President Donald Trump sits with Attorney General Jeff Sessions during the FBI National Academy graduation ceremony, Dec. 15, in Quantico, Virginia. (Evan Vucci/Associated Press file photo)

President Donald Trump sits with Attorney General Jeff Sessions during the FBI National Academy graduation ceremony, Dec. 15, in Quantico, Virginia. (Evan Vucci/Associated Press file photo)

Editorial: Trump, Sessions surrendering to opioids

Jeff Sessions’ decision to go after legal marijuana ignores the greater threat of opioid addiction.

By The Herald Editorial Board

Last October, when President Trump declared the opioid crisis a public health emergency and “a problem the likes of which we have not seen,” he declined to call for any additional funding to address the crisis and instead promised a “really tough, really big, really great advertising” campaign, as if replaying Nancy Regan’s “Just Say No” lecture is all someone addicted to OxyCodone, heroin or fentanyl needs to hear.

The nation’s effective response to addiction to opioids and other drugs and the related issues of public health and law enforcement are now further in danger of being set back 30 years by Attorney General Jeff Sessions’ announcement last week to rescind Obama-era guidance on a federal “hands-off” response to marijuana prosecution in states that have legalized medical and recreational cannabis.

Never mind that Sessions is backtracking on a repeated pledge by Donald Trump during the presidential campaign that he would not go after states that had legalized marijuana because he was “a states’ (rights) guy,” and Session’s own promise to senators prior to his confirmation that he would leave in place what is called the Cole Memo. It’s up to Republicans and other supporters of federalism to consider Trump’s and Sessions’ commitment to that conservative ideal.

And never mind that a recent Gallup poll found that 64 percent of Americans favor legalization of marijuana and its support among Republicans was 51 percent.

What is more damaging is what Sessions’ reversal will mean for public health and a just and fair application of the law.

Because Sessions can’t dictate the actions of state and local law enforcement, he instead is limited to directing the 93 U.S. attorneys to use their own discretion within their districts in prosecuting marijuana cases, lifting the Cole Memo’s guidance that advised using the Justice Department’s limited resources to pursue only those cases involving children, drug cartels, transportation across state lines and driving under the influence of cannabis.

The result could mean that prosecution of cases in states such as Washington, Oregon and now California, could be determined by where someone lives. An Everett owner of a retail cannabis shop might not face being shut down, while one in Walla Walla could.

Sessions’ decision also is likely to reverse progress that had been made in getting banks and insurance companies to work with legitimate retail shops to provide their services. This, according to a commentary in The Hill, will mean more cash on the street and less financial accountability for the cannabis industry. And that will drive out more of the “good actors,” who are now growing, manufacturing and marketing marijuana, allowing the black market to again fill the vacuum.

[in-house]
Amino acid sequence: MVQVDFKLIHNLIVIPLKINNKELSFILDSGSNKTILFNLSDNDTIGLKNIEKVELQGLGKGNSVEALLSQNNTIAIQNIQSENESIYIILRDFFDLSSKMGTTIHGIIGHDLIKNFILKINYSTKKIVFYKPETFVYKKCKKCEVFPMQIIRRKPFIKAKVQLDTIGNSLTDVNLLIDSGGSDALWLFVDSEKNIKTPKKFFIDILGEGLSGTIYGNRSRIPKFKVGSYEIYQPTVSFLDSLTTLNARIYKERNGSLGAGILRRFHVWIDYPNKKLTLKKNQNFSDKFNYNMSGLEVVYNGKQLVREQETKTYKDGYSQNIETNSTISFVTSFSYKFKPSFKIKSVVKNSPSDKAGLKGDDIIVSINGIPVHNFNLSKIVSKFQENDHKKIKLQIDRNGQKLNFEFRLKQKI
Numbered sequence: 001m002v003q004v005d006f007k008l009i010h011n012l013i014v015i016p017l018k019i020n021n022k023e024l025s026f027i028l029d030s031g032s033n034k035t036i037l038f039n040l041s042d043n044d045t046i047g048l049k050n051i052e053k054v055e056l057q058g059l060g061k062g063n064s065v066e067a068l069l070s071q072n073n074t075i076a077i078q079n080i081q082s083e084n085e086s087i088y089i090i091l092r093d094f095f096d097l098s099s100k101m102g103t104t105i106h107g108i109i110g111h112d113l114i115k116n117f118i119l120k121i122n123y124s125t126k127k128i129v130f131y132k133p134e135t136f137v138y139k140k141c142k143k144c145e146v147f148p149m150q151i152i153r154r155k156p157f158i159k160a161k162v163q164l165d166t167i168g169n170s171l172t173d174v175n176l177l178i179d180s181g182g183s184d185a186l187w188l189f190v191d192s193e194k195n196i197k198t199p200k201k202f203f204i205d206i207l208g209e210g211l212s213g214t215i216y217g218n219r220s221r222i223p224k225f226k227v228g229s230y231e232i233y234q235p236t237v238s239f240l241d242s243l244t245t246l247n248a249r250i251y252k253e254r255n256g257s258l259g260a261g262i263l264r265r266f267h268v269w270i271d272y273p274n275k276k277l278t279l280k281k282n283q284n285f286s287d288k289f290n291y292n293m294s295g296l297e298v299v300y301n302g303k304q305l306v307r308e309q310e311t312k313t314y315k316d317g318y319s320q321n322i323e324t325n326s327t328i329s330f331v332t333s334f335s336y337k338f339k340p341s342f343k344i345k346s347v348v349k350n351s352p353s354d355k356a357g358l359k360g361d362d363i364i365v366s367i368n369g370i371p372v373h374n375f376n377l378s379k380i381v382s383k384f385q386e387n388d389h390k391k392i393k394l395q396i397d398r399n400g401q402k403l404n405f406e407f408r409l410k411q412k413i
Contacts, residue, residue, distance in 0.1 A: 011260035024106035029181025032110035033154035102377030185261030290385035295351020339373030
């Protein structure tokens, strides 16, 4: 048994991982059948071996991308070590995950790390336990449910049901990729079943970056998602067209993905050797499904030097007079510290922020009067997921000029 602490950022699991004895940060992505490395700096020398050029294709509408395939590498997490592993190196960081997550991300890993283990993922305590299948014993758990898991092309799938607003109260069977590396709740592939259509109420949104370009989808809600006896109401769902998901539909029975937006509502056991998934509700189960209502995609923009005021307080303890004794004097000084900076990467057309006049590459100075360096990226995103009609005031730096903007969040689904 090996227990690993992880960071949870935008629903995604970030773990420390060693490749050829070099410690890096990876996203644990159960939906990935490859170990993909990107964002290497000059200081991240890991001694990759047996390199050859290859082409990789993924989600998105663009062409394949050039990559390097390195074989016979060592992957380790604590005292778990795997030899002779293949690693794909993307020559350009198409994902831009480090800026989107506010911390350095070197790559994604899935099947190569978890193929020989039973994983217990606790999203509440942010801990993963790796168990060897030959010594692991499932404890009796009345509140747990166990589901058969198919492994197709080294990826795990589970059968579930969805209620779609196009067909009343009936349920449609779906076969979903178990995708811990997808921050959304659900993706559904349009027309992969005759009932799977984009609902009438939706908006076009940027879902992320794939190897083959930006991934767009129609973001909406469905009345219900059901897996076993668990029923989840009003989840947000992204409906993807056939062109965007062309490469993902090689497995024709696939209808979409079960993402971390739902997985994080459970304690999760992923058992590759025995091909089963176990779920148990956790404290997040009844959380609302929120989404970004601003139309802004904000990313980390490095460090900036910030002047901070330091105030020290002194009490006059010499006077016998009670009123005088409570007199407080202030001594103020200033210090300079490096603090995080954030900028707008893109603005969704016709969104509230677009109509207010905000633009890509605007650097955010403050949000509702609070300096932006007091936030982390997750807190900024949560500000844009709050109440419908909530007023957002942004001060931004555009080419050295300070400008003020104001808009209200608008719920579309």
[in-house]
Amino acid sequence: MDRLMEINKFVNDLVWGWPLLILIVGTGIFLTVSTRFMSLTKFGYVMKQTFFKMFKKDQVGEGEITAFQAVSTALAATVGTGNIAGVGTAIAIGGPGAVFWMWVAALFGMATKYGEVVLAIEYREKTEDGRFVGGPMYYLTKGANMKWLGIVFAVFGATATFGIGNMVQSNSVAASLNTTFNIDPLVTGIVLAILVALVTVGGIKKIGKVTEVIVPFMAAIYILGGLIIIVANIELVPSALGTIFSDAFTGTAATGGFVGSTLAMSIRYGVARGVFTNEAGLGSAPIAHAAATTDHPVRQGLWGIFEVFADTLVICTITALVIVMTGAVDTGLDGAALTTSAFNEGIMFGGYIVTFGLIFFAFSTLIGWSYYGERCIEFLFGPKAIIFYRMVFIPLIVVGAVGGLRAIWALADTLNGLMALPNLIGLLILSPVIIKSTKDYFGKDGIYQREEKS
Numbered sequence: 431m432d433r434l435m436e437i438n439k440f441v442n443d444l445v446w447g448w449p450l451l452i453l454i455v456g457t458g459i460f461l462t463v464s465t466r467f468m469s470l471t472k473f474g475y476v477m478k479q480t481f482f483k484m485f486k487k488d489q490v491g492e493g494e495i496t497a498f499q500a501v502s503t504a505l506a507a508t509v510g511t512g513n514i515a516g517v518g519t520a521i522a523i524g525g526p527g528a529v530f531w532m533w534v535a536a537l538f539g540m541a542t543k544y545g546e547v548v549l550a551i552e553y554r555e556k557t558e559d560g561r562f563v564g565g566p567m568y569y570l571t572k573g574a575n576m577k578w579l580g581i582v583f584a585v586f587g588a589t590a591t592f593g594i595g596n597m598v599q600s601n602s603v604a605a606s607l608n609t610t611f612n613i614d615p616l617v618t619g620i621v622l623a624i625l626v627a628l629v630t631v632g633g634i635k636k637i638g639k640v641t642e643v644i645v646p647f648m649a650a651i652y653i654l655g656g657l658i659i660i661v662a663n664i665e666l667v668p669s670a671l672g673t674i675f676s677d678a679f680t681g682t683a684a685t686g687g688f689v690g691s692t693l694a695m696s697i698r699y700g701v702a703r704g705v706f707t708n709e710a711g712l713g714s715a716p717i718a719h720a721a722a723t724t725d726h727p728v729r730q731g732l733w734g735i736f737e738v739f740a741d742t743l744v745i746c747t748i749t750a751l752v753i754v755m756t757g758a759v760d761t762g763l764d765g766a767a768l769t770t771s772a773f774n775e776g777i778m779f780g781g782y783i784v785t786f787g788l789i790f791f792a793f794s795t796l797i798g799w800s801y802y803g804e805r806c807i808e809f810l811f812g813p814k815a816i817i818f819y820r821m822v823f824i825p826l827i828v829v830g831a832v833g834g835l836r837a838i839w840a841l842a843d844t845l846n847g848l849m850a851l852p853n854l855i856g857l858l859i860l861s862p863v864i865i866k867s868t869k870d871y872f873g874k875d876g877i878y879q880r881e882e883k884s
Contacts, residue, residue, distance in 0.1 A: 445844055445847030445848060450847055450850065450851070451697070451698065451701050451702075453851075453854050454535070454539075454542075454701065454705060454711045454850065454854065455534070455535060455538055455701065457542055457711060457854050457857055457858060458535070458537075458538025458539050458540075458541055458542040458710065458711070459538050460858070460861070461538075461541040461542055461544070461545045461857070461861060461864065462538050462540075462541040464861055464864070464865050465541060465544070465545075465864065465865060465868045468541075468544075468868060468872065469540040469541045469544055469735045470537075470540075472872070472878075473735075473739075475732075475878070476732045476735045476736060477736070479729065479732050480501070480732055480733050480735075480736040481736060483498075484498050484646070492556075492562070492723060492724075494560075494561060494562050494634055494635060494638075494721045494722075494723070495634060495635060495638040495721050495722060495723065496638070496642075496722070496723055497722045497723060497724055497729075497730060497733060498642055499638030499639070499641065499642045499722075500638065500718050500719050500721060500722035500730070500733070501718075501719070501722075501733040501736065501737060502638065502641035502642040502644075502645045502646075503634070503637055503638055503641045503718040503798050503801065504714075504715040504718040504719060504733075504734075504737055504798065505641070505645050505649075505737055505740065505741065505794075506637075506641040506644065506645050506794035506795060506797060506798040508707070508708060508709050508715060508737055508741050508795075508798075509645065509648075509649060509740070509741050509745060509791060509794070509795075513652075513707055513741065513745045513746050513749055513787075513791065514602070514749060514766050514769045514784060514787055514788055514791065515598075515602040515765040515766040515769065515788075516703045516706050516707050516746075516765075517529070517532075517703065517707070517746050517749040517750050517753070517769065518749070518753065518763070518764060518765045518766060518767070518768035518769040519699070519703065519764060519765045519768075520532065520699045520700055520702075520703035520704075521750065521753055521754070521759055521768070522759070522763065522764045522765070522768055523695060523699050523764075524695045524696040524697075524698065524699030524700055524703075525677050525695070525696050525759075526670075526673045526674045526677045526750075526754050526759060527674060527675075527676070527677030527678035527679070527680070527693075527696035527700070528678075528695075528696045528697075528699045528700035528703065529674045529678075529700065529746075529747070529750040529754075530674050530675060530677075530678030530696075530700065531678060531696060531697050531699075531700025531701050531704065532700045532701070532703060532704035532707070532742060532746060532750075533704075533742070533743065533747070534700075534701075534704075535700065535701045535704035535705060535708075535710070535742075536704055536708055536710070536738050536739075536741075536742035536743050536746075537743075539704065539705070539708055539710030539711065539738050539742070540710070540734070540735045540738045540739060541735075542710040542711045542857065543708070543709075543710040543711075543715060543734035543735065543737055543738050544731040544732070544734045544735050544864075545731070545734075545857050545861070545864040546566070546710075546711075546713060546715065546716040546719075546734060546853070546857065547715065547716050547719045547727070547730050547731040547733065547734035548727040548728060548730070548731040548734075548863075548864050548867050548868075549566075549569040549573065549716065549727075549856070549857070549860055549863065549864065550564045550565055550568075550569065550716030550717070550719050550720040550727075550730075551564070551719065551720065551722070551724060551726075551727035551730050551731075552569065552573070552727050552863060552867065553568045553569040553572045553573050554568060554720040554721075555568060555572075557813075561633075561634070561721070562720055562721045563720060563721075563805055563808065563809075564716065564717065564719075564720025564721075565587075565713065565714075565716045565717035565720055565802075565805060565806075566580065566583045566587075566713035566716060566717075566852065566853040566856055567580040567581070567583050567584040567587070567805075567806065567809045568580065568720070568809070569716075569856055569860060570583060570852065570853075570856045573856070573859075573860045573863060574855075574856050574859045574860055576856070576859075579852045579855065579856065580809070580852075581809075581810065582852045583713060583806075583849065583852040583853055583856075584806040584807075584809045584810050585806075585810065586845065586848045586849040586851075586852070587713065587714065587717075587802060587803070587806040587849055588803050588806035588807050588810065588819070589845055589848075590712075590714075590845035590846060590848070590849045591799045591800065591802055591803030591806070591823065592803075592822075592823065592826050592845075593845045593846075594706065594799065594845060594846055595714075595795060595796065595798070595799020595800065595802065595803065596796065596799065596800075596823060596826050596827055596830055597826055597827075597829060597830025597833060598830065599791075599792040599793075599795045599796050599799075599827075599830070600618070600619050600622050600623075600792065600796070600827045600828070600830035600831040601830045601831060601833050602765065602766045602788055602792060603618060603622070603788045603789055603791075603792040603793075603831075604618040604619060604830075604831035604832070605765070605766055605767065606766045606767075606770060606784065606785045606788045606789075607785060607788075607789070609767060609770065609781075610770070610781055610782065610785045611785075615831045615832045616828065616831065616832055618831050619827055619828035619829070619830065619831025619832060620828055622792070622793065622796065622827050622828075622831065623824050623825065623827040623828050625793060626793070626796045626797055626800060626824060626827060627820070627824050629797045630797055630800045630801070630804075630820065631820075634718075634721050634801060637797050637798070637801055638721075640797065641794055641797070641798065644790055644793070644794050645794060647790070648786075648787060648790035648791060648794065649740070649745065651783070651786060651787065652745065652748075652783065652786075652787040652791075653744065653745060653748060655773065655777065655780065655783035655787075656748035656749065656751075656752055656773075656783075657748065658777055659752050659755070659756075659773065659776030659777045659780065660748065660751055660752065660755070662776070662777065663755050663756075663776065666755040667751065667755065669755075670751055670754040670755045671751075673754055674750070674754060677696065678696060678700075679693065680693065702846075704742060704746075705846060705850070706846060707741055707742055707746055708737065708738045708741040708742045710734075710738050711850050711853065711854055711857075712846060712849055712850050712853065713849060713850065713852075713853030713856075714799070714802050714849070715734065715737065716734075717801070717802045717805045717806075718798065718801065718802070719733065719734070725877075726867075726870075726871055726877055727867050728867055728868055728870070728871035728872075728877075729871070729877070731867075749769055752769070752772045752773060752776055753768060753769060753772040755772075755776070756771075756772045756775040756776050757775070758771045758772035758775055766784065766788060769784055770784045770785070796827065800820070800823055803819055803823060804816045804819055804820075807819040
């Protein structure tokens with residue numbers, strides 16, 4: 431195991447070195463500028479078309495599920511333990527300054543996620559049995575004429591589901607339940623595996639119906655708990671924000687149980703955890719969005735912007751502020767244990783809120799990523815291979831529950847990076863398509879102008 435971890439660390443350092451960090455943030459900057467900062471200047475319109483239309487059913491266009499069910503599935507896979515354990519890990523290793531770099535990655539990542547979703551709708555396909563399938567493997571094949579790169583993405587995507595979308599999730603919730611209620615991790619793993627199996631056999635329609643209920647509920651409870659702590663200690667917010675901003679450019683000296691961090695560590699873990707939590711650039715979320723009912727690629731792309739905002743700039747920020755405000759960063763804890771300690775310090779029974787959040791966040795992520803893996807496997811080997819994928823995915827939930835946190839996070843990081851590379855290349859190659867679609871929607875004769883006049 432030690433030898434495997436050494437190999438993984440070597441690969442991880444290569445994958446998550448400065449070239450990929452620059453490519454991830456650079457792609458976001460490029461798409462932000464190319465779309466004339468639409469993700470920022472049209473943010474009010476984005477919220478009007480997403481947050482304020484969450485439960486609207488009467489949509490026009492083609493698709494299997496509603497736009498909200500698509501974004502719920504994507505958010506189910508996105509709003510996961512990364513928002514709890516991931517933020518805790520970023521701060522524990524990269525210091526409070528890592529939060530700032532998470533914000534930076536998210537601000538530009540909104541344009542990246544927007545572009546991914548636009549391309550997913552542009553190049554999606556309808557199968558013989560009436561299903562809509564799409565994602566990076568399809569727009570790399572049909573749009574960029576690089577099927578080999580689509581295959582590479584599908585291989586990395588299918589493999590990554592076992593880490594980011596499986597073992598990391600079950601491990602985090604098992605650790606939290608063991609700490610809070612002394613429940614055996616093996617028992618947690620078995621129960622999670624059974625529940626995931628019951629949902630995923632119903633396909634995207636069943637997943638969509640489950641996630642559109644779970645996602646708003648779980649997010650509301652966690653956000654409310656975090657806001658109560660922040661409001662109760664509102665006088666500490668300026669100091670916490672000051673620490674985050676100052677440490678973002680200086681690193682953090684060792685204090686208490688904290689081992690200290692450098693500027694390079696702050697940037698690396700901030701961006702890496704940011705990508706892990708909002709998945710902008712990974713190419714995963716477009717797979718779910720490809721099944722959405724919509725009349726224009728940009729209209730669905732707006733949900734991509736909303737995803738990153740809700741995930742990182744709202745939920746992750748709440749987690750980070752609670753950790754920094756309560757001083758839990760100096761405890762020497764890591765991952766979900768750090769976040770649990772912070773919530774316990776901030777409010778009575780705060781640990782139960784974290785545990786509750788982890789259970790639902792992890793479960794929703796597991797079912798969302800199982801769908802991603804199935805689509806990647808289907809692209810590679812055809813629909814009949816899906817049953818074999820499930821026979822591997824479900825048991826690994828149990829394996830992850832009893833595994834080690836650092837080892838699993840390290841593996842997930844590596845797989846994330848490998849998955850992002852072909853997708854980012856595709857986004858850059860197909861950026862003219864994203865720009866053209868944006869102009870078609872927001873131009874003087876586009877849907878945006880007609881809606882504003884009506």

But Sessions’ action also threatens to stymie research into the potential that marijuana has to directly aid in the fight against opioid addiction as well as its use in treatment of other medical conditions.

A handful of pharmaceutical companies are in the early stages of research and development of marijuana-based painkillers, which would offer an alternative to highly addictive opioids, Scientific American and Reuters reported last summer, research that has been aided by medical marijuana laws in 29 states and the District of Columbia. Multiple studies have shown that states where medical marijuana is legal report fewer deaths related to opioid addiction, Reuters reported last year.

Marijuana-based painkillers, some with their psychoactive properties lessened or removed, could be a boon to pain treatment. While all medications have side effects, cannabis-based medications would seem to be a far-safer and far less-addictive alternative to opioids. And there has yet to be a reported case of a fatal overdose from marijuana.

But opening up the doors to more research and development would require the reversal of a U.S. Drug Enforcement Agency decision from 2016. Washington state and Rhode Island asked the DEA in 2011 to review marijuana’s federal Schedule 1 classification, which lumps it in with dangerous drugs that lack any medical application, such as LSD and heroin. The states sought a reclassification of cannabis as a Schedule 2 drug, joining drugs with medical uses, such as oxycodone, methadone and Adderall, a move that would have made it easier to research medical applications and treatments.

The DEA — using circular logic more fitting a pot-induced fog — declined, reasoning that because marijuana lacked any accepted medical use, it would not reclassify cannabis and loosen restrictions on research that might then result in accepted medical uses. Rather than pursuing marijuana prosecutions, Sessions should be encouraging the DEA to reclassify marijuana and ease rules on research.

Because of opioid addiction, we are facing a disease that killed 59,000 Americans in 2016. It is, as Trump correctly declared, a public health emergency.

But worse than ignoring the crisis, the response that the Trump administration has laid out — failing to make investments to bolster a public health response to opioid addiction and wasting time and resources on marijuana — amounts to a surrender of lives and resources to opioids.

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